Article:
April's real personal income and spending report adds to evidence that the cyclical peak may eventually be dated to January"Analyzing April's Personal Income and Spending Report: Insights on the Cyclical Peak"

– by a New Deal Democrat

“Analyzing April’s Personal Income and Spending Report: Insights on the Cyclical Peak”

As I’ve been saying for the past few months, the Personal Income and Expenditure report is currently tied with the Employment report as the most important monthly piece of information. And for the second month in a row, the results were very mixed. And also like yesterday, revisions played a big role, this time on the downside.

In nominal terms, personal incomes increased by 0.4%, and personal expenses – by 0.8%. As the applicable deflator rose 0.4%, real personal income was unchanged and real personal spending rounded up 0.5%. And real disposable personal income rose less than 0.1%, rounding up unchanged.

Since the start of the pandemic, real income has grown by 3.3% (versus a reported 4.0% in March) and real spending has increased by 8.2% (versus 7.6% in March). Since much of that was skewed by several rounds of stimulus, here’s the view normalized to 100 as of July 2021, including real disposable personal income (gold), which is much more affected by gas prices:

Note that net revisions added 0.1% to spending increases, but revisions subtracted a hefty -0.7% from revenue.

The revisions also affected the personal savings rate, which was also revised down by -0.6% for March from 5.1% to 4.5% and then fell by another -0.4% in April to 4. 1%. Due to the “paradox of saving”, while this decline is negative for individual households, it is good for the economy as a whole, as consumption makes up 70% of economic activity and consumption drives employment.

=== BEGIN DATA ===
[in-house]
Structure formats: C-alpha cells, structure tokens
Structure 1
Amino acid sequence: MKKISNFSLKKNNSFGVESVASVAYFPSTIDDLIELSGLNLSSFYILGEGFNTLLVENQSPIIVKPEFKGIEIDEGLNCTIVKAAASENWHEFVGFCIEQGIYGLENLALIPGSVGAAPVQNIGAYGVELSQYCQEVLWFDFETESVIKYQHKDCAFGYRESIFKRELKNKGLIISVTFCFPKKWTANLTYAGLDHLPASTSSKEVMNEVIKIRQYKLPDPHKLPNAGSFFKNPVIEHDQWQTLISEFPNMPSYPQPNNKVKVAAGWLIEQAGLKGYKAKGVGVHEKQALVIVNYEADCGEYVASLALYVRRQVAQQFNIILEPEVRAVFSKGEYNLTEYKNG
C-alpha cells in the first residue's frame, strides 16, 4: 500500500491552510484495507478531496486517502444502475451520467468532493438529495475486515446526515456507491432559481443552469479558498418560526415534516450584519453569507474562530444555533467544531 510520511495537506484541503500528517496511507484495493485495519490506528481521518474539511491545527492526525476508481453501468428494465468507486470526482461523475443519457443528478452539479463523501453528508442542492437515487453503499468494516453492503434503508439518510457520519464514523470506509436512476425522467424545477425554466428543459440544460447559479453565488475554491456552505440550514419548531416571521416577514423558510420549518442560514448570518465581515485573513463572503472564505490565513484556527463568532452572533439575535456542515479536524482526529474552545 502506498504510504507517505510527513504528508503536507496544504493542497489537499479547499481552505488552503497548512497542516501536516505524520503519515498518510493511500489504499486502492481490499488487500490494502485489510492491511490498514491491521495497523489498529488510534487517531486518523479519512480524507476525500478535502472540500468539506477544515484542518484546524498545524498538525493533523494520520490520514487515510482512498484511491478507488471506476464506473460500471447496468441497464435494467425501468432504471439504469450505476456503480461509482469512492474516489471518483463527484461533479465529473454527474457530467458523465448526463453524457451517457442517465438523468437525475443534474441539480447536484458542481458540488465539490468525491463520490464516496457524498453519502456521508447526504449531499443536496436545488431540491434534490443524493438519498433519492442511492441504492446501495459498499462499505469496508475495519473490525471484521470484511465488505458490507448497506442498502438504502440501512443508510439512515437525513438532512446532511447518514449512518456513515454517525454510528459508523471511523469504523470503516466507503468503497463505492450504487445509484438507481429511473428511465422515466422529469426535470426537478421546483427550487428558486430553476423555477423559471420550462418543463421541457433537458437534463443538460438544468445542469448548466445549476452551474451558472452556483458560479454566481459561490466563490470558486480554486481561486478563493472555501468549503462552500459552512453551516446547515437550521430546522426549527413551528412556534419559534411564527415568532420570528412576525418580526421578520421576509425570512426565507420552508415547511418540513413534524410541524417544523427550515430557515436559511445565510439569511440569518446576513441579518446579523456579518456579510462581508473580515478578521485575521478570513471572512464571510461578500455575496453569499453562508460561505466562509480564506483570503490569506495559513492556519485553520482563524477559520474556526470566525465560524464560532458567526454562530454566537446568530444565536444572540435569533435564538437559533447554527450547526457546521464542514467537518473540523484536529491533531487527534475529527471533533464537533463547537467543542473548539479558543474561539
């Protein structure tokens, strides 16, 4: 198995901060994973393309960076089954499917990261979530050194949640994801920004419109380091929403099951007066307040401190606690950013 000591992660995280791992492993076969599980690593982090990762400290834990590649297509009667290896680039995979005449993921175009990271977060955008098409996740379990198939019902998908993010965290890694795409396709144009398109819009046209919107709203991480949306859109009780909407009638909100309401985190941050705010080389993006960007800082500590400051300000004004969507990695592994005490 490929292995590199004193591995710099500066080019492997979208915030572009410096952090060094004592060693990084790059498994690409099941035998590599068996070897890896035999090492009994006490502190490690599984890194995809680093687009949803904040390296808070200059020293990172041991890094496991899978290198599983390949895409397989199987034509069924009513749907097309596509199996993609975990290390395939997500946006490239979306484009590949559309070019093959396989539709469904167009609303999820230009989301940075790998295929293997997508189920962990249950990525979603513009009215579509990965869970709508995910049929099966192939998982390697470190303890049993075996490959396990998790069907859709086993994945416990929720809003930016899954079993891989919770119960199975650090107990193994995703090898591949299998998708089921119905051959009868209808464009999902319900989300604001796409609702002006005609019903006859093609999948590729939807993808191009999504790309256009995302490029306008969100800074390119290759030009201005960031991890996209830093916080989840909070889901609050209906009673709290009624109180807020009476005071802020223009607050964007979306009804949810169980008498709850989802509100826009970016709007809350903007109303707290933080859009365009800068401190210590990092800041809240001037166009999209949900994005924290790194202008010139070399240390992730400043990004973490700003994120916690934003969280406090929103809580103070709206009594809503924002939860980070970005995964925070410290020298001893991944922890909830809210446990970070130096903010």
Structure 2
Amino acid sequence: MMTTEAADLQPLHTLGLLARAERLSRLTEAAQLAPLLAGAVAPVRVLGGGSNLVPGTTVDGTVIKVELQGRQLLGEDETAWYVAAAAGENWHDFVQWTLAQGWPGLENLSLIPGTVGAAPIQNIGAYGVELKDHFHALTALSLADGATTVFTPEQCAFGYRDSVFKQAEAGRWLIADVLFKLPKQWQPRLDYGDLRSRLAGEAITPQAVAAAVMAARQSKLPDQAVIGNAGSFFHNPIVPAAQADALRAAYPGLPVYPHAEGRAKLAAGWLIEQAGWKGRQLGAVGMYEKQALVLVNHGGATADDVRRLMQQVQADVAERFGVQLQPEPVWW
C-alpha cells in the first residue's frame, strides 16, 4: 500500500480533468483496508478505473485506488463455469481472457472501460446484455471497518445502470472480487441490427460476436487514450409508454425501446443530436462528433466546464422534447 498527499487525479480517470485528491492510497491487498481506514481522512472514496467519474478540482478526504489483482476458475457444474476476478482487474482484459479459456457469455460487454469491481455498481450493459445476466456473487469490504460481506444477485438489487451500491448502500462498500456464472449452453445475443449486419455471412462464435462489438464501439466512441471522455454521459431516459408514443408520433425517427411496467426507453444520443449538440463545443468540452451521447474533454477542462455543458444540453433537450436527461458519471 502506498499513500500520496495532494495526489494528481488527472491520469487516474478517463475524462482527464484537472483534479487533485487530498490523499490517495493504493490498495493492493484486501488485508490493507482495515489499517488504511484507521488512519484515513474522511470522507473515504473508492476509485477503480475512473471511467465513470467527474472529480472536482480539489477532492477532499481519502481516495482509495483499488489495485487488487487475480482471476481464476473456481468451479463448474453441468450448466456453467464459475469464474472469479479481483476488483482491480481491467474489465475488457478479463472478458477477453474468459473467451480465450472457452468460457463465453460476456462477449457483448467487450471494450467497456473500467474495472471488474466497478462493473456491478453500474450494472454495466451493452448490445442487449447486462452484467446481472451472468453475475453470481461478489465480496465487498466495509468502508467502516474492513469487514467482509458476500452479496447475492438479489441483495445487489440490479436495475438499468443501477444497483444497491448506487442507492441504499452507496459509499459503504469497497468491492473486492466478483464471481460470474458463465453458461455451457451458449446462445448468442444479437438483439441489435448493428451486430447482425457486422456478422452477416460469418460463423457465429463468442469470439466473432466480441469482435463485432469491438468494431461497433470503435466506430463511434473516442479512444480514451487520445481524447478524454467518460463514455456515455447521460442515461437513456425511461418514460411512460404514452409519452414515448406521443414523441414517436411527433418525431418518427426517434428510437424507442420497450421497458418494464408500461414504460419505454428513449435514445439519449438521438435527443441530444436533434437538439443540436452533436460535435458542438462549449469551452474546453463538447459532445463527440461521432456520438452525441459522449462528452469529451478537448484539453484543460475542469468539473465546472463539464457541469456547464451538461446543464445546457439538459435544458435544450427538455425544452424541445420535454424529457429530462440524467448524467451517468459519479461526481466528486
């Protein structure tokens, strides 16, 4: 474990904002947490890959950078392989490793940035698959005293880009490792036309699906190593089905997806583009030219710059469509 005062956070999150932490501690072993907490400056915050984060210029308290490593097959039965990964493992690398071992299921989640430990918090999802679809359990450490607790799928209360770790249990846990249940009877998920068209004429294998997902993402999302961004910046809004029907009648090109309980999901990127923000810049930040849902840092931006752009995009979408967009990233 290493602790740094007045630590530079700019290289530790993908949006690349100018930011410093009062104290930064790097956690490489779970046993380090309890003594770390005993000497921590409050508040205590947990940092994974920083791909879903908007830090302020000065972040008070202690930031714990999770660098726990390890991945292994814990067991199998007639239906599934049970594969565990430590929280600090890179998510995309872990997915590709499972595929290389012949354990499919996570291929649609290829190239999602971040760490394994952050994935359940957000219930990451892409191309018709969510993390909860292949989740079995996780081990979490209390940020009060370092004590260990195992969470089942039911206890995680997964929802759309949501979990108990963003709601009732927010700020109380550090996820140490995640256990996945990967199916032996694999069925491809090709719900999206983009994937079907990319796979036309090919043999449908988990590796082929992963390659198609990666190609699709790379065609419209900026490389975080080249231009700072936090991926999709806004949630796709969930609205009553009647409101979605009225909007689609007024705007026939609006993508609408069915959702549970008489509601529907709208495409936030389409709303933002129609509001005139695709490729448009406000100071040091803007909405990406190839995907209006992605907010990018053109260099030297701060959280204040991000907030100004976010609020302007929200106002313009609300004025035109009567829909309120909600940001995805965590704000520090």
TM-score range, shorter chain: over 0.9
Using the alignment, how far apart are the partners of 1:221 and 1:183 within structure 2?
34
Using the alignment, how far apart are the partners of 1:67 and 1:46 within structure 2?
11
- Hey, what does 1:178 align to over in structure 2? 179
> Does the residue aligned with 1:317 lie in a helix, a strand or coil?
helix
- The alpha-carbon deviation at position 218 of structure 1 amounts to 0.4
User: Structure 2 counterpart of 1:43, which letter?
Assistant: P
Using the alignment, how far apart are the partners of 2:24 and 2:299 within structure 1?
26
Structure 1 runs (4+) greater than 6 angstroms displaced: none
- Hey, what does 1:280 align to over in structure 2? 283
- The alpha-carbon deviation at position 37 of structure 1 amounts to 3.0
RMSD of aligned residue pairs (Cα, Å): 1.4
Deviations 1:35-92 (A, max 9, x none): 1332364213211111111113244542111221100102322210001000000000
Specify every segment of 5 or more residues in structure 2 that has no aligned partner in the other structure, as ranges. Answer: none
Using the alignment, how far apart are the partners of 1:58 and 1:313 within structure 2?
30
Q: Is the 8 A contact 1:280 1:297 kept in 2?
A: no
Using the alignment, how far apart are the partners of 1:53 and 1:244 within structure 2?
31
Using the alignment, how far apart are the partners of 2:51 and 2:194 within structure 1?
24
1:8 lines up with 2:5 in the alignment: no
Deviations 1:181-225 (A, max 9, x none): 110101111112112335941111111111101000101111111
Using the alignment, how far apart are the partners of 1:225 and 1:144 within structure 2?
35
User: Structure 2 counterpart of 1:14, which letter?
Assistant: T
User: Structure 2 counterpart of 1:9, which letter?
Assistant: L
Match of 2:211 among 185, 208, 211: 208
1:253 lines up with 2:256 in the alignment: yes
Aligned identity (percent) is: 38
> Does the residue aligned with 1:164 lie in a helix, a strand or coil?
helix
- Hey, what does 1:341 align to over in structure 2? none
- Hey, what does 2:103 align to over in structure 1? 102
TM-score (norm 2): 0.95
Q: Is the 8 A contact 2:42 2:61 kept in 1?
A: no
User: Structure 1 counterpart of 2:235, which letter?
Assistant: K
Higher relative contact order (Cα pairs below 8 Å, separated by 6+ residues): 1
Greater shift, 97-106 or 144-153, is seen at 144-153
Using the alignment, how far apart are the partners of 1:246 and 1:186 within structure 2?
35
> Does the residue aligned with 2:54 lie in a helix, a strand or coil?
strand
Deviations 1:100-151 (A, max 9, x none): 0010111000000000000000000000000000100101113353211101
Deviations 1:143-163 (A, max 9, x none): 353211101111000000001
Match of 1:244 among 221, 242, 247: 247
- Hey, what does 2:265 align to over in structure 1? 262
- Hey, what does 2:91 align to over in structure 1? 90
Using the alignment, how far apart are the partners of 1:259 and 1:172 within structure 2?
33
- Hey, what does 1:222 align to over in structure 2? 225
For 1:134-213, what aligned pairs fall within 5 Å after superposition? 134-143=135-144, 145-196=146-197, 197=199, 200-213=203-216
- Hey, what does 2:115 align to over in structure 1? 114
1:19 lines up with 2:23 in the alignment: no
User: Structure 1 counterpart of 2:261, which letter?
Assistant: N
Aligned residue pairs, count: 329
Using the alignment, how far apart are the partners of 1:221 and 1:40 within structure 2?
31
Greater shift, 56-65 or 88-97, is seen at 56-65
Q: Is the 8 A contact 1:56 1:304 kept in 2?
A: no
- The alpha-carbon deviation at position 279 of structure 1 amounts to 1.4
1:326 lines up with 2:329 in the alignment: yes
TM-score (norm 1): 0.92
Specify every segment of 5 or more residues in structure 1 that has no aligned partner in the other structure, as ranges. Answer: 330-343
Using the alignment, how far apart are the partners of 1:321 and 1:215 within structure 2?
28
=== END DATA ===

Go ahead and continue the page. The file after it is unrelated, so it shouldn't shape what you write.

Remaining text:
In the long run, however, this savings rate is very low, exceeded only by the downward trend in the pre-pandemic 50 years between November 2004 and September 2008:

Finally, let’s turn to the indicators the NBER uses to determine the beginning and end of a recession, two of which were updated this morning.

The good news is that real personal income minus government transfers (blue in the chart below) rose 0.2% in April to a new high. The bad news is that this is against some very large downward revisions over the past 6 months, meaning that April’s “record high” is actually -0.6% below where we thought we were in March, and more just over 0.1% above its current previous high from last September:

The other big matching indicator used by the NBER updated today, real manufacturing and trade sales for March, was down another -0.6% from its most recent peak in January:

Here’s what all the “big 4” matched indicators look like, including industrial production and nonfarm payrolls, each normalized to 100 at their respective peaks:

Two of the four – industrial production and real manufacturing and trade sales – are down from their peaks. The third, real personal income minus transfer receipts, has remained essentially unchanged since last September. Only jobs continue to increase significantly.

Also, on an annual basis, real personal income less government transfers rose 1.2%, industrial production rose 0.2%, and real manufacturing and trade sales rose 0.7%. The historical record of more than half a century shows that when all three of these matching indicators were at their current year-over-year levels, they are now, with *no* exceptions, the recession was already underway:

In summary, while there was good news on real personal spending and on real personal income net of government transfers; there were many negative revenue revisions. Although it remains unlikely, along with yesterday’s report of negative Q1 gross domestic income, including the average GDP and GDI; this report increases the chances that the NBER will ultimately reject continued nonfarm payroll growth and declare that there was a cyclical peak in January.

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